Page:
Well, THAT was fun.
While it lasted, anyway.
Last we talked, I was giving everyone a guided tour of Whaler’s Rest RV Resort in Oregon. It was the beginning of a couple of magical months in Oregon, a place I’ve dreamed about going since I was in high school.
It was also, had I known it, the beginning of the end of our two years on the road. As of today, I am sitting in my office in a new “sticks and bricks” home back in Albuquerque. Stella is parked in storage with a For Sale sign in her window.
So, how did we get here, exactly?
The Story So Far, Reader’s Digest Version
That’s what Google Maps thinks we managed in the last two-ish years. From December of 2019 until today (December 2021) we managed to travel from South Dakota to San Diego, from Tillamook, OR to El Paso, TX. It’s a long and convoluted story that I probably need to write down in detail sometime. That will not be today.
Our adventures included months on the Pacific Coast. But, we also got trapped in Cottonwood, AZ for nine weeks at the initial outbreak of COVID. We broke down every time we entered Las Vegas, NV, and wound up spending over two months there out of our two years of travel. I love Vegas, but am probably not ever going to take an RV there again. Just sayin’.
We visited ghosts towns and forests, cities and beaches, and mostly avoided other humans. Damn COVID.
And then, finally, our time and money ran out. If anyone tries to tell you that you can do this #RVLife thing on pennies and dreams, I’ve got about 30 grand in receipts that tell a very different story.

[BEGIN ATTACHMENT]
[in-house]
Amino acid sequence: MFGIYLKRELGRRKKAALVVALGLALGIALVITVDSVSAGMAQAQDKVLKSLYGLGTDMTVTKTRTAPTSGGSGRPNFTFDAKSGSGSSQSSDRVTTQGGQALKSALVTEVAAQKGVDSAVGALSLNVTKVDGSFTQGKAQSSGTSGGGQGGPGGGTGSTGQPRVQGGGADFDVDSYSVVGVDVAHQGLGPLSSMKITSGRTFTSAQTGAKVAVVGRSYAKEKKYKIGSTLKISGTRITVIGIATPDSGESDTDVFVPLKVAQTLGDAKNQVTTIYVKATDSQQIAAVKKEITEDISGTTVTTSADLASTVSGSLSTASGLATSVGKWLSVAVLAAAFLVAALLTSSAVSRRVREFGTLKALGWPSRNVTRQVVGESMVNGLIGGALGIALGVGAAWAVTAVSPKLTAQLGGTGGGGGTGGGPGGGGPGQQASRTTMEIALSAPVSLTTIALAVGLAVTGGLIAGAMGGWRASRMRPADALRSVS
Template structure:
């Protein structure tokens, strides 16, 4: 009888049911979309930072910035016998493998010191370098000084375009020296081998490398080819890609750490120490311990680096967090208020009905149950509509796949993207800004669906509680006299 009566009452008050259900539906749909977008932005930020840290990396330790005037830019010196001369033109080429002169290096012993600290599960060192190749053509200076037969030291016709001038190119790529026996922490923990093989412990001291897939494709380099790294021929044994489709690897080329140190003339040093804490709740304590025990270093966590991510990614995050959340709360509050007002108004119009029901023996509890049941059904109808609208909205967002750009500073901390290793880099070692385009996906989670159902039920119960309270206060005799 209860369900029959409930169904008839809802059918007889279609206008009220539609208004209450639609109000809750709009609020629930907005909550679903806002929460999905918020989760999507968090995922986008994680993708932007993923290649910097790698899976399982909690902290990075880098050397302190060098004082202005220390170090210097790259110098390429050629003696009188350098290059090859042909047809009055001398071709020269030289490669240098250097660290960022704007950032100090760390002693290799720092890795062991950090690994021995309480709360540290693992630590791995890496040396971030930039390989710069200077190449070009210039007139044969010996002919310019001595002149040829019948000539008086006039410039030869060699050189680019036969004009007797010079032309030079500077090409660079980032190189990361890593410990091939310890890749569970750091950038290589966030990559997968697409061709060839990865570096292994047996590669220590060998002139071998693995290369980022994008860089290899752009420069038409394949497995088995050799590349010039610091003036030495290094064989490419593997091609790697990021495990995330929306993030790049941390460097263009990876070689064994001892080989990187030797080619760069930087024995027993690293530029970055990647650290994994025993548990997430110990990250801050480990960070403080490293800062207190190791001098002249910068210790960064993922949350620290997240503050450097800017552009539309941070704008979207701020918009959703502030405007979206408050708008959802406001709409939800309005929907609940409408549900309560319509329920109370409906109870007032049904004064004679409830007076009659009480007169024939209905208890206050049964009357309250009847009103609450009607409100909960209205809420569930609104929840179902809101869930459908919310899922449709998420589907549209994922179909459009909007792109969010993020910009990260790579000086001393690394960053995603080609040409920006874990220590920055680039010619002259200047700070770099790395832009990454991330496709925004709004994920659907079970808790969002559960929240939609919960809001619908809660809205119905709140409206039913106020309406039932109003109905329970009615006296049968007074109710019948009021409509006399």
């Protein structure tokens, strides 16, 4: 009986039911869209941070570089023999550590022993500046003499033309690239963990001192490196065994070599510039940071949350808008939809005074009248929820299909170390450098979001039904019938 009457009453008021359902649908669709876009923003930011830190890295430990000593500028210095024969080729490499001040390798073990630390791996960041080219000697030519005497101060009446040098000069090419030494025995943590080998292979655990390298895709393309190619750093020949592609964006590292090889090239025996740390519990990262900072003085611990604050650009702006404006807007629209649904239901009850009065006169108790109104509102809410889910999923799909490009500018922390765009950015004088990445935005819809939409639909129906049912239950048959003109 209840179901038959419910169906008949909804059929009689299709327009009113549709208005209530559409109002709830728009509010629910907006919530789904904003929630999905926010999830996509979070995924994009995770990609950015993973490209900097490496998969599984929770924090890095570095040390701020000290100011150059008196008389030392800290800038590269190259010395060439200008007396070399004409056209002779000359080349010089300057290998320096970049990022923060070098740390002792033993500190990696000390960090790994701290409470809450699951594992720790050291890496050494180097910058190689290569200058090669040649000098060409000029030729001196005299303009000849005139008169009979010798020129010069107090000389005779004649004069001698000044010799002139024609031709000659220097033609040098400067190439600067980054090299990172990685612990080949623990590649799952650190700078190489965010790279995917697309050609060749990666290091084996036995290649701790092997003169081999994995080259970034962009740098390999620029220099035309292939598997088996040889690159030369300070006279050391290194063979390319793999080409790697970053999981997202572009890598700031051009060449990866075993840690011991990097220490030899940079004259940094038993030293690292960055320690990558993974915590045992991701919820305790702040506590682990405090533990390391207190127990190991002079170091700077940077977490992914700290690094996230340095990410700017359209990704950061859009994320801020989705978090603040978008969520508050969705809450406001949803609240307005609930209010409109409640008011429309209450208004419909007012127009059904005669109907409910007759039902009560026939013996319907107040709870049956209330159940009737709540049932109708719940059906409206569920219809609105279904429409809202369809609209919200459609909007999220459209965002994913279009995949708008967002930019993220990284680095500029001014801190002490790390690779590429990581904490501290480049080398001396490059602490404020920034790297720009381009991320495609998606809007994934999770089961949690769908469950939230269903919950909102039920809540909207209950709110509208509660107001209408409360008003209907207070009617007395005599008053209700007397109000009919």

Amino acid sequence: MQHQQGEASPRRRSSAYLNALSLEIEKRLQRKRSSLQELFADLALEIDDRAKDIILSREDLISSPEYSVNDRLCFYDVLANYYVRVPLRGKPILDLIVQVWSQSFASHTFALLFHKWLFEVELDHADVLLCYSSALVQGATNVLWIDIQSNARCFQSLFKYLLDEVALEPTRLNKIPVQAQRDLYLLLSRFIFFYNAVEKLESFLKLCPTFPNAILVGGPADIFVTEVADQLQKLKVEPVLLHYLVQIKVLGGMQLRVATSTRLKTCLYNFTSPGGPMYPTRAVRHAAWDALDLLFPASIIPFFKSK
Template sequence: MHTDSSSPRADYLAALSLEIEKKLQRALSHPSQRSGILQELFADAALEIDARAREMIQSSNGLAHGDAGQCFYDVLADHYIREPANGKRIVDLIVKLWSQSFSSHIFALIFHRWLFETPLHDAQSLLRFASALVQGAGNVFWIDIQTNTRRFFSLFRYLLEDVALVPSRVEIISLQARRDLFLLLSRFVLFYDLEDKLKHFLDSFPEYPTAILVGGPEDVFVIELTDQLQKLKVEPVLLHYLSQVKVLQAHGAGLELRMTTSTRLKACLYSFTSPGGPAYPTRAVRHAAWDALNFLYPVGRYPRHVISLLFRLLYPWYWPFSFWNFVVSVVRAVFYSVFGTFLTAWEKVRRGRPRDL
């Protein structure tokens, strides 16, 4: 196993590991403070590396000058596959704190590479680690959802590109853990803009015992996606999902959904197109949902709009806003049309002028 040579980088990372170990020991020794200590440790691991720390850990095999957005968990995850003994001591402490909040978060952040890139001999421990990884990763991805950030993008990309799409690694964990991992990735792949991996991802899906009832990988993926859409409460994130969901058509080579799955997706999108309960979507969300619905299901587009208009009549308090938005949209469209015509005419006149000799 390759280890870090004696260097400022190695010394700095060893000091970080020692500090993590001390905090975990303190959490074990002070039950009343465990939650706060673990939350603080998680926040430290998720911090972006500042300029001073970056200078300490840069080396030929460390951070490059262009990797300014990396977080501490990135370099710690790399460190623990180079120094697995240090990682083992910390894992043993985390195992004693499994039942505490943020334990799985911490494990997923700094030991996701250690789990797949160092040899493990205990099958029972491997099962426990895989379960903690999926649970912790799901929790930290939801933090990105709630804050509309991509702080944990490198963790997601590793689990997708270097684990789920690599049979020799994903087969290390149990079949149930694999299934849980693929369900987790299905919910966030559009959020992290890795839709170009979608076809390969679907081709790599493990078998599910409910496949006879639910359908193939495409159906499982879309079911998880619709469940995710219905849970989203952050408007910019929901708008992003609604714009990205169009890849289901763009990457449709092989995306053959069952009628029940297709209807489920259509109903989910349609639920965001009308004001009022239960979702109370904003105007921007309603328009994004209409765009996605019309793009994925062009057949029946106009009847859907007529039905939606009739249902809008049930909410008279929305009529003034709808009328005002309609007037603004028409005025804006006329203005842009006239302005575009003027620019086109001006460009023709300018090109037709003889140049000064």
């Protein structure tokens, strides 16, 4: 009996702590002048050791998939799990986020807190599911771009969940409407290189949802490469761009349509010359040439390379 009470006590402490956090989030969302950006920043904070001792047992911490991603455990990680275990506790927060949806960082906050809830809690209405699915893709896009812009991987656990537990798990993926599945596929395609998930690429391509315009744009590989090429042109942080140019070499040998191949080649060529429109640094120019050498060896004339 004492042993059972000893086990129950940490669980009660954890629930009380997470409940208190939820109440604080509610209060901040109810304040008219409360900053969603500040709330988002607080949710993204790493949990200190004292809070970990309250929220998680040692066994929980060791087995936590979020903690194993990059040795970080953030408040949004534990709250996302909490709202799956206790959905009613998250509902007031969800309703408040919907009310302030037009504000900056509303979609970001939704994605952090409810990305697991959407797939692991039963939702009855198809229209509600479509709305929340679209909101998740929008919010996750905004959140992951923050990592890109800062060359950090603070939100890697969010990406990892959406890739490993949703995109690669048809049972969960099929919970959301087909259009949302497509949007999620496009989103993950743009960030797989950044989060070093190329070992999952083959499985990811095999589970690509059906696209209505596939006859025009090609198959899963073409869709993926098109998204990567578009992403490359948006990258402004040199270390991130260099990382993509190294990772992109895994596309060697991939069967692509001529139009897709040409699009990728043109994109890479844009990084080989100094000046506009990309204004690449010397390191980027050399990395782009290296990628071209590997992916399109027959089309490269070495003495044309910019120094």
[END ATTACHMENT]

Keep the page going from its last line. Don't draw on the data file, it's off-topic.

So, in Bend, OR, we turned this thing around and headed back towards family, stability, and two years’ worth of responsibilities that we sort of kissed off when we picked up Maggie May in December of 2019.
Good Intentions, Gone Astray
I mean, it wasn’t that I meant to become a rootless vagabond who was accomplishing not much for two years. I actually had Big Plans when we left.
The plan was to be a travel writer. I would record every place we went, blogging constantly, letting people know where we were and what we were doing. I would take TONS of pictures. (Got that one right, at least.) I was going to be the text version of Keep Your Daydream or Less Junk, More Journey. (Not affiliate links, I just think they are both totally cool.)
Instead, I spent most of my time learning how to be an RVer. It was a major adjustment for a 50-something who had never driven, much less owned an RV before. When I wasn’t fixing something that was broken (Rule #1: Something is ALWAYS broken in an RV), I was taking in the sights of things I had never seen. Life became experiential. Timelines ceased to have any meaning.
And, meanwhile, I wrote ten blog posts.
In 24 months.
There was a sense of complete isolation from the world. We rarely had reliable internet. We had cell phones, but the calls and texts eventually dried up as our friends and family members became concerned about “bothering us.” We removed the main television after realizing we never turned it on and used the space for extra kitchen storage.